Wednesday, April 1, 2009

A Witness to President Obama's Inauguration

Republican Politics, American Style
Published on January 29th in Metro √Čireann by Charles Laffiteau
I hope you have been enjoying my columns about my recent trip to India, but in my next two columns I am going to take a brief detour from recounting my Indian “adventure” to discuss my most recent trip back to the states last week for Barack Obama’s historic inauguration as America’s 44th President.
Having already been a witness to history when President Obama was officially nominated as the Democratic Party’s candidate for President, I was extremely grateful for the opportunity to once again be a witness to history. But I must confess that I was also wondering how the experience of seeing President Obama take the reins of power in Washington DC on 20 January could possibly equal what I had experienced less than 5 months earlier on 28 August in Denver Colorado. Boy oh boy, was I ever wrong.
Hmmm….Lets just say that I made the mistake of underestimating the power of being one of 2 million witnesses to history as opposed to being one in a crowd of only 85-90,000 people. In my defense, I had truly been awestruck in Denver looking up from my vantage point on the floor of the Democratic convention at the thousands of people jammed into every corner and seat at Mile High Stadium. This was also the largest crowd to have ever heard a US Presidential candidate deliver a nomination acceptance speech.
I had also never before been to a Presidential inauguration or a political gathering of any kind numbering more than a few hundred thousand people. Of course the only other Presidential inauguration I have ever been invited to was President Reagan’s first inauguration in 1981, which drew a crowd of only half a million people. Well if you think the sight of 500,000 spectators is awe inspiring, how does one even begin to describe what it’s like to turn around from your spot on Capitol Hill and look behind you at a crowd estimated to be almost 2 million strong? I’m sorry, but even now, days later, I still can’t come up with the words to adequately describe the sight and the feelings it evoked.
However, much like my trip to India, my journey to President Obama’s presidential inauguration had more than a few moments of tension prior to my arrival on the lawn of the US Capitol building. In fact, with less than an hour to go before President Obama took his oath of office, I was still standing in a packed queue of several thousand people at one of the four entry gates for those lucky enough to have tickets. But that was only the last of my moments of anxiety which had actually begun several hours earlier.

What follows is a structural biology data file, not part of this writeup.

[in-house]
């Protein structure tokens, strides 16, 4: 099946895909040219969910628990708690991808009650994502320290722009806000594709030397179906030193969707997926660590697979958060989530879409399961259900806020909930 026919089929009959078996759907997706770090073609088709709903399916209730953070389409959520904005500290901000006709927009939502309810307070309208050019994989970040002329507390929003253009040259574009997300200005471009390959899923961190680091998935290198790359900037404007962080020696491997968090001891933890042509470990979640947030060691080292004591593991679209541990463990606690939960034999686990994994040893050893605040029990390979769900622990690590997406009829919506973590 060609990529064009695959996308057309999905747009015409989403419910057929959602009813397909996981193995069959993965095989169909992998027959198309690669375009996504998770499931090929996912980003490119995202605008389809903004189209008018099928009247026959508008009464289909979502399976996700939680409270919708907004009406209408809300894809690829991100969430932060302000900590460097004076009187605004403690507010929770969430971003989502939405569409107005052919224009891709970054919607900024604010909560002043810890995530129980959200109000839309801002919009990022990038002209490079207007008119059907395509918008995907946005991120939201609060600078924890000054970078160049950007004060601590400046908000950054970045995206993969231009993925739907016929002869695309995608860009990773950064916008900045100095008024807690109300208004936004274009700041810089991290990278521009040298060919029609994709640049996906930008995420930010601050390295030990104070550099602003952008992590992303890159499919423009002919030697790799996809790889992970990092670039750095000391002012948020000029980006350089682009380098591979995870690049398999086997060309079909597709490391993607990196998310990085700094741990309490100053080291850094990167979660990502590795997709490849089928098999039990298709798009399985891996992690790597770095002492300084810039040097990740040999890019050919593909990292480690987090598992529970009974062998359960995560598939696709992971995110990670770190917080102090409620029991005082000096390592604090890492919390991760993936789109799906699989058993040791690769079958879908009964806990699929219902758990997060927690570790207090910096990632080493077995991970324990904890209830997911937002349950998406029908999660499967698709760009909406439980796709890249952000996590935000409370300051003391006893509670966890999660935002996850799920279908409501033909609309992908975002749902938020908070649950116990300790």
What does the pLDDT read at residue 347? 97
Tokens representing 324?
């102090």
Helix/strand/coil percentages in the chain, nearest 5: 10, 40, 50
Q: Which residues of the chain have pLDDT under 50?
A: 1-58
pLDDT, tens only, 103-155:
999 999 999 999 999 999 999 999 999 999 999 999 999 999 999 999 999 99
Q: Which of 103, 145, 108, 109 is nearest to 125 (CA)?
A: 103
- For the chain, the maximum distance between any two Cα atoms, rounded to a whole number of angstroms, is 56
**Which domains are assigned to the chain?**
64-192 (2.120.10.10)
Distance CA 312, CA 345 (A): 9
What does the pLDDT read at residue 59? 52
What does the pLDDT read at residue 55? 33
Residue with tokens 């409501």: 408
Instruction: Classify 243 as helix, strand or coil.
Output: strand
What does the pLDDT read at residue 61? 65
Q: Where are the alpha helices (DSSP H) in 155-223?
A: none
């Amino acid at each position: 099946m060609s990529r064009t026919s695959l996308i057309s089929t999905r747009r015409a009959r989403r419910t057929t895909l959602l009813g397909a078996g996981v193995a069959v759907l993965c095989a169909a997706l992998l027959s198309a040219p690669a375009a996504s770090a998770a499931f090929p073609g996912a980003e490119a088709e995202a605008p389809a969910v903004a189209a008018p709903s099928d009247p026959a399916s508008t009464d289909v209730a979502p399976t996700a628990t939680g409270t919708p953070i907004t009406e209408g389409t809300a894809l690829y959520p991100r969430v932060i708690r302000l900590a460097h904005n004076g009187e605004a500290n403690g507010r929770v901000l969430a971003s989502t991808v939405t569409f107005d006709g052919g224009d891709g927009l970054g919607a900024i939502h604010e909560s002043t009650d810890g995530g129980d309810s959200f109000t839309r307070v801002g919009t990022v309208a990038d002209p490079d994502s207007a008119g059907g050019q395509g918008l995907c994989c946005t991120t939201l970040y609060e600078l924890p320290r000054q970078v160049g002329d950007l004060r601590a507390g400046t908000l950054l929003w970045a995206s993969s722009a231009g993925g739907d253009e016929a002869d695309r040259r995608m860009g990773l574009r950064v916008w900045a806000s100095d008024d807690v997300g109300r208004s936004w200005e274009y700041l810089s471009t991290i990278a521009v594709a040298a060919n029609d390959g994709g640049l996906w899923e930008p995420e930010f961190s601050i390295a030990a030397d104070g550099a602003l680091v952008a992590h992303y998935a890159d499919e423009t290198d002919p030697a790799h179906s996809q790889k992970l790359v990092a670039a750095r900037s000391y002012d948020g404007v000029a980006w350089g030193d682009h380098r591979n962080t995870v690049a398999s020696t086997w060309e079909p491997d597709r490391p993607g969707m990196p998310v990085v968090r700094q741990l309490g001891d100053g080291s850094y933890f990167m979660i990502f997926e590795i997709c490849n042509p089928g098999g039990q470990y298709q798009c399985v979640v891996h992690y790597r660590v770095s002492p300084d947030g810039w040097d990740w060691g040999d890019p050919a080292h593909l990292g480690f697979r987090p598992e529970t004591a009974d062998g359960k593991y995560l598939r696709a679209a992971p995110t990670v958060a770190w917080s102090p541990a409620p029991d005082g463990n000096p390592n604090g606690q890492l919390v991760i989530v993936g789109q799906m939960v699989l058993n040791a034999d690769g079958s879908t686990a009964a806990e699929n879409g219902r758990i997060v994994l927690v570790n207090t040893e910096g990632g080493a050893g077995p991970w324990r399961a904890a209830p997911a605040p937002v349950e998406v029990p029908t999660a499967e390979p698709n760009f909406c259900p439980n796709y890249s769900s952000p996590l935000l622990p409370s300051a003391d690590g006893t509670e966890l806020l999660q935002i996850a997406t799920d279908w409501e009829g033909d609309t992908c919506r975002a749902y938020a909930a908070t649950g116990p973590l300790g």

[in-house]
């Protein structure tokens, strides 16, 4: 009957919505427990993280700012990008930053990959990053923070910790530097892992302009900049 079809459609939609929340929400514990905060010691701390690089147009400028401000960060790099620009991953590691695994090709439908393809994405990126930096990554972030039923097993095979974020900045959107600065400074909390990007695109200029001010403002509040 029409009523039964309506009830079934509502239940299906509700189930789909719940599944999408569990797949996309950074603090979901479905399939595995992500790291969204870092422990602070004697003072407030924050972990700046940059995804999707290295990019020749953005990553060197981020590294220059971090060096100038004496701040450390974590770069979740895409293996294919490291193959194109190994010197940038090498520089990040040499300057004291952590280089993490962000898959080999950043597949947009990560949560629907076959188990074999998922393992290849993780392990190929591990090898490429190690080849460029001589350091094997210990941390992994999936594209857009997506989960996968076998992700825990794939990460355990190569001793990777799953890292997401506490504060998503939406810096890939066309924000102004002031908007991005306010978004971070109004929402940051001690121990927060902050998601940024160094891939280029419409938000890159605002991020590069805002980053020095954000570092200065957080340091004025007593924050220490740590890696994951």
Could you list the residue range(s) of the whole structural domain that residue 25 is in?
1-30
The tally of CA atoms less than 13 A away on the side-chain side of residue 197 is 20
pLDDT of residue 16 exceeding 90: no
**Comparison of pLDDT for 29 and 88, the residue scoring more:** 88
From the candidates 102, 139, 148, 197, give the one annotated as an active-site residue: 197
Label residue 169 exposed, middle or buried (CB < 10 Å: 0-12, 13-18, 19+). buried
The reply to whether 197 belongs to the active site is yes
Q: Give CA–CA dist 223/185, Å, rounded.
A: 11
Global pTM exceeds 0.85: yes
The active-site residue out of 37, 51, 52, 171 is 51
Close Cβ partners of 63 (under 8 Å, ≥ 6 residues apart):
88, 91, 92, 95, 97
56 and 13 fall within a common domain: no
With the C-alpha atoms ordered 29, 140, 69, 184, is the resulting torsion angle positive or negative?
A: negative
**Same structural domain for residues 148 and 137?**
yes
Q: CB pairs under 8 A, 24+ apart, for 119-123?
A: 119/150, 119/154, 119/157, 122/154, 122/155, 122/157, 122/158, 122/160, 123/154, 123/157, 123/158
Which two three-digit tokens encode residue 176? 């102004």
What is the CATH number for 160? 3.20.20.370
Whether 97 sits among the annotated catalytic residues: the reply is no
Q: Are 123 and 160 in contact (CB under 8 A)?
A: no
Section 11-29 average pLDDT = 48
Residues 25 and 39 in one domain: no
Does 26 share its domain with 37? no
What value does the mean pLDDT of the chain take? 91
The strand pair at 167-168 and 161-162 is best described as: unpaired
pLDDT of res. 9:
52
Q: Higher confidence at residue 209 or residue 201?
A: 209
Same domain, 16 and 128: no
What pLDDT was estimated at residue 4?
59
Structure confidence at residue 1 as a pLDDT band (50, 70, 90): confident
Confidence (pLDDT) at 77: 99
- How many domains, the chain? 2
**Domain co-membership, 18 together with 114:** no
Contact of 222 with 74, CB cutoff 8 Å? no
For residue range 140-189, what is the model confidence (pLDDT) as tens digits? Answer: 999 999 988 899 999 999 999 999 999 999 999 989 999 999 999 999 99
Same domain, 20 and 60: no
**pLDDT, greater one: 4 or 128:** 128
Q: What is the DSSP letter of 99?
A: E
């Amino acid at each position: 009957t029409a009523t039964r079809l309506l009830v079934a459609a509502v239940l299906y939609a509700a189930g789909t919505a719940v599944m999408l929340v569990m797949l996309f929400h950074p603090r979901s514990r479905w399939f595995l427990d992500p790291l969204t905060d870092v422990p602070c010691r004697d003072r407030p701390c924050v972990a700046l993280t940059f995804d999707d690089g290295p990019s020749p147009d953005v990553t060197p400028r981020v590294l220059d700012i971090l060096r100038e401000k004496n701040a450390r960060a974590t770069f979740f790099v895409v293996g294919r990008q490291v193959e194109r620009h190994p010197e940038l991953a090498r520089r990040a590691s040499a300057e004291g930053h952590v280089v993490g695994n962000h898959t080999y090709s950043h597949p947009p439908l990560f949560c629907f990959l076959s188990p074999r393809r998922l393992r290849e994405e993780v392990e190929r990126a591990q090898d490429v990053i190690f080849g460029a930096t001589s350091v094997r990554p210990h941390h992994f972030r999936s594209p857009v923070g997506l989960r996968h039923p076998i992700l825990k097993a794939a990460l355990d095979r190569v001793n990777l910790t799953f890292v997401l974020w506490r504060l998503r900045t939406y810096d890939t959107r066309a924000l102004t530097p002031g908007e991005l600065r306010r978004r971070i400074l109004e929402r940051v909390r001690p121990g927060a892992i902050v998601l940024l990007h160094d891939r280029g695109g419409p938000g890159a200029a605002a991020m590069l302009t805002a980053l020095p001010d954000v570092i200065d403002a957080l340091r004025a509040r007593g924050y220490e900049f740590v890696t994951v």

I had departed my friend’s home in Arlington Virginia some three hours earlier, at 8am, so that I could catch the Metro subway train for the fifteen minute trip into the city to a stop less than a half hour walk from the entry gate for US Capitol grounds ticket holders. I had been told that these entry gates would open at 9am so I figured I had allowed myself plenty of time to get there and grab a good viewing spot. Unfortunately I had also not accounted for the fact that the trains into the city would be so jammed with passengers who had gotten on at earlier stops, that there would be no room left for passengers to get on where I was at the Metro stop in Pentagon City.
But having some experience riding the rails, I also knew that if the trains coming into Pentagon City were already full at 8am, then this would remain the case for at least the next couple of hours. So I decided to jump out of the queue for the train to the city in favor of a seat on the virtually empty train heading the other way out of the city. I knew that while this detour would cost me some precious minutes, I would also be guaranteed a spot on the train when it turned around and started back into the city.
But when the outbound train stopped at Reagan International Airport I took a chance and hopped off and waited for the next inbound train, thinking maybe I could save a bit of time this way. As it turned out I was lucky enough to just squeeze onto the next train into DC and arrived at my original planned destination just before 9am. But those people I left behind at Pentagon City didn’t even get on a train until about 10:30am, so I was very glad I decided “to go south in order to go north.” After I got off at Metro’s Chinatown stop, I walked another 10 blocks to the entry point for my gate, only to find a large queue of ticket holders waiting to be let through to the entry gate on the next street.
Since this crowd wasn’t moving I fell in behind an ambulance which was slowly moving through the crowd towards my ultimate destination, the US Capitol. When the ambulance reached an open area at the next intersection past the throng I had been caught in, I turned to my right and walked into another queue of several thousand only this one was right in front of my entry gate. I looked at my watch and it was 9:45am so I figured now I was sure to get in. To my chagrin however, I remained in this queue for the next hour and a half, pressed so tightly by people on all sides that it was impossible to fall down or move in any direction other than forward towards the entry gate.
But my tension evaporated at 11:15am when they finally allowed me to go through the gate and the omnipresent metal detectors. I literally ran to a spot between two portable loos just behind the people who were seated on the Capitol lawn and wedged myself into the small opening between them. Granted this wasn’t the best smelling spot on the Capitol grounds but it gave me an unobstructed view of President Obama’s entire inauguration ceremony.
I count myself as very lucky to have made it to my viewing spot “between the loos” for several reasons. After the inauguration was over I talked with two ladies who had the same kind of tickets I had at an Italian restaurant where I had lunch. They told me they had remained in the same queue I had bypassed by following the ambulance, and as a result missed the entire inauguration because they never even made it to the entry gate.